National or global themed awareness days follow another all through the year, more and more all the time. I like the way they help highlight particular causes, issues or situations, and every now and then I hear of a new one which really strikes me. One of these is National Playlist Day – 22 September – designated by the charity Playlist For Life.
“Playlist” has become an everyday term, literally part of the soundtrack to our lives. Even just lately following the death of the Queen, radio presenters have talked about using wind-down, reflective or solemn playlists. Where once we might have recorded songs off the radio or off CDs or tapes, now creating your own playlist is a different experience as the sky’s the limit to what you could stream.
Integral to the idea of playlists is choice, individuality, the freedom to hear exactly what you want to hear, no more and no less. I actually enjoy the serendipity of radio, where you don’t know what you will hear and where a song you might long have forgotten (or never enjoyed before) may suddenly resurface. But obviously the opportunity to craft your own playlist is special.
And online there are so many different playlists to enjoy. Never in history has there been so much music to hear on demand, to hear for the first time or again and again. Music’s immense importance for many people is deeply rooted, and now technology has given it wings and set it free.
National Playlist Day is far more than “just” a celebration of the age of the playlist. It’s all about raising awareness of the importance of playlists for people who have dementia, who are the focus of the charity Playlist For Life. With music and memory so closely interlinked, playlists can revive memory for people living with dementia. Music can enable communication, as the power to sing or to recognise music can remain even when people struggle to talk or seem totally withdrawn.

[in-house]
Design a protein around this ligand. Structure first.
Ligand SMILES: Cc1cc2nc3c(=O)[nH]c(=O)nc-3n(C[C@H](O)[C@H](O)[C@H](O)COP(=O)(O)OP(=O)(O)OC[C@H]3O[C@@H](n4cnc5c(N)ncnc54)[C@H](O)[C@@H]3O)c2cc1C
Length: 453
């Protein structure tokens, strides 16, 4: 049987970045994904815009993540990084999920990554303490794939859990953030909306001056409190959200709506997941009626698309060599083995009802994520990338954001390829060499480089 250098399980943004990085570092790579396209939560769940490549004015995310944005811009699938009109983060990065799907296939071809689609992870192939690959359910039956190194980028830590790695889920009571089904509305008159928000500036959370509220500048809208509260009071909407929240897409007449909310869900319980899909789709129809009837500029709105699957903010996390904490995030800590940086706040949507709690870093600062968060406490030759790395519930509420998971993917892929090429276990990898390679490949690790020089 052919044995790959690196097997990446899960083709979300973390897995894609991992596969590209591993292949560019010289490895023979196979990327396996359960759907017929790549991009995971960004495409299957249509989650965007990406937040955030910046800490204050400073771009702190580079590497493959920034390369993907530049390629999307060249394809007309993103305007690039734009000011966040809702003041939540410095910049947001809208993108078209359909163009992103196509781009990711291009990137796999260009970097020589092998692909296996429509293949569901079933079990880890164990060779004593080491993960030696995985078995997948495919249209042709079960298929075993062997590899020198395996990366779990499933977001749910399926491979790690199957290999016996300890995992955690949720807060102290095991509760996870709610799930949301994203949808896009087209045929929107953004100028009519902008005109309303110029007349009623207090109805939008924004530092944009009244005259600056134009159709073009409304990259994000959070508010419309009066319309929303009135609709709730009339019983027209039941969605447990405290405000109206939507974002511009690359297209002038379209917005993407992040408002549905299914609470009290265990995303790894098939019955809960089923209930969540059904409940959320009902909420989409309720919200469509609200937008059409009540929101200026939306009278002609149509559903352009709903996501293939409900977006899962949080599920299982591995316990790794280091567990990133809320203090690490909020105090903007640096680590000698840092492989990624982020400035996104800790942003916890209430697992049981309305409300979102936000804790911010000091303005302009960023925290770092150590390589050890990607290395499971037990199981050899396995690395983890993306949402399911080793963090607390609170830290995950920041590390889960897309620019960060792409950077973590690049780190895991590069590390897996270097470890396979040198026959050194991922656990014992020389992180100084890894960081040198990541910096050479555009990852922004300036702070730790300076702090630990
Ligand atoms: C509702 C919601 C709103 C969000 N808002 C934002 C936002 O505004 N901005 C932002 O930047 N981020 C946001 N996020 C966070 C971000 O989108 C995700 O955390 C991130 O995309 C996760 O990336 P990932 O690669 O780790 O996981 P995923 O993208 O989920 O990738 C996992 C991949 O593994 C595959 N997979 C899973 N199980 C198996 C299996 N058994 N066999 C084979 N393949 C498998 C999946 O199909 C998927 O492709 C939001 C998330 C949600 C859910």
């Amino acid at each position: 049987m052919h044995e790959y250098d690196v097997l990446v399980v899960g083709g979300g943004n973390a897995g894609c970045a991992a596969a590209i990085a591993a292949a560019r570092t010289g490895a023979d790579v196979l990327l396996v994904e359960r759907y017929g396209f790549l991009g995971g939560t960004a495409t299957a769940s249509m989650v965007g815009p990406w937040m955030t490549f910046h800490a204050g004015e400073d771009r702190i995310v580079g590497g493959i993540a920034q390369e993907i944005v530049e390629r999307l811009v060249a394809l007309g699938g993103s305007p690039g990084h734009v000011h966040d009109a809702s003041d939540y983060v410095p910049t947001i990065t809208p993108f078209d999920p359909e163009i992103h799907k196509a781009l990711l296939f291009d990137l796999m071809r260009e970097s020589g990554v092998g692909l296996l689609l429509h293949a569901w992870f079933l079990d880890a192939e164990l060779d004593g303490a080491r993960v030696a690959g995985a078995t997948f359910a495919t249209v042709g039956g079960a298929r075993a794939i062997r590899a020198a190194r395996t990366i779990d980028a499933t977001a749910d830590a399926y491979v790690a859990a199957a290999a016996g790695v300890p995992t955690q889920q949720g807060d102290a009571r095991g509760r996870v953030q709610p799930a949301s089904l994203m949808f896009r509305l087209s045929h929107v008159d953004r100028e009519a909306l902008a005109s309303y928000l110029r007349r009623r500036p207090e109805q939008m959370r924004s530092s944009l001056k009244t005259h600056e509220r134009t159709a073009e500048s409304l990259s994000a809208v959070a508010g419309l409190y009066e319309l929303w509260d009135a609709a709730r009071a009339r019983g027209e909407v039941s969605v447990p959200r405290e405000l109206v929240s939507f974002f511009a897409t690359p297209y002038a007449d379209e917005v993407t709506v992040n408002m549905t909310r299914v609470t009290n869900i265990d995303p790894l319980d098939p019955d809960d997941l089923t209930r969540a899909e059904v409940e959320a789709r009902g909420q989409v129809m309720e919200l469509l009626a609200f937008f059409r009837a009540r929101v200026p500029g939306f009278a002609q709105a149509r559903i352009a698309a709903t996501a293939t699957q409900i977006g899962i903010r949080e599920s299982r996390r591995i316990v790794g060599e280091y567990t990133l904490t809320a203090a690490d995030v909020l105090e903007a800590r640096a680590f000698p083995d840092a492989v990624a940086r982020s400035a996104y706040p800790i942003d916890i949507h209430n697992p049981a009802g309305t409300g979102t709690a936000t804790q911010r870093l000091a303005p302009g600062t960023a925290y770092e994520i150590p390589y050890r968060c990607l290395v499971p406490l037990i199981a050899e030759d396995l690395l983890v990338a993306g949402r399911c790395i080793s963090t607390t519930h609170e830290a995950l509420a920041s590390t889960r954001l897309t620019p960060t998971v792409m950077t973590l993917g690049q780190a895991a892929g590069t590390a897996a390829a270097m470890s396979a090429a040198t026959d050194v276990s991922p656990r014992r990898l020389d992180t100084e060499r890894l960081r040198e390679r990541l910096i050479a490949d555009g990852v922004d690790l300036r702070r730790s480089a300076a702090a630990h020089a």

Ahead of the inaugural Day, Playlist For Life has been asking people to share what songs we remember down the years, what might stand out for us or transport us back in time. It might reawaken a specific memory, or conjure up a particular phase of your life, like schooldays, or an era like the 1960s or 1990s. Sharing playlists can give other people ideas of songs they might enjoy.
Music has so many possible impacts, which playlists can unlock. Music can be there at all times, to soothe, calm, excite or cheer. One playlist could do all this, or you migh tlike to have different playlists for different needs, times and moods. Music therapy and group singing are very helpful for people with dementia – but only take place from time to time. A playlist becomes a constant, music to turn to whenever you want to do so.
I wonder what might be on your playlists? How do particular songs make you feel? What memories do they stir? Do share any thoughts in Medley’s Facebook group https://www.facebook.com/groups/359291215486002 And to learn more about Playlist For Life, go to https://www.playlistforlife.org.uk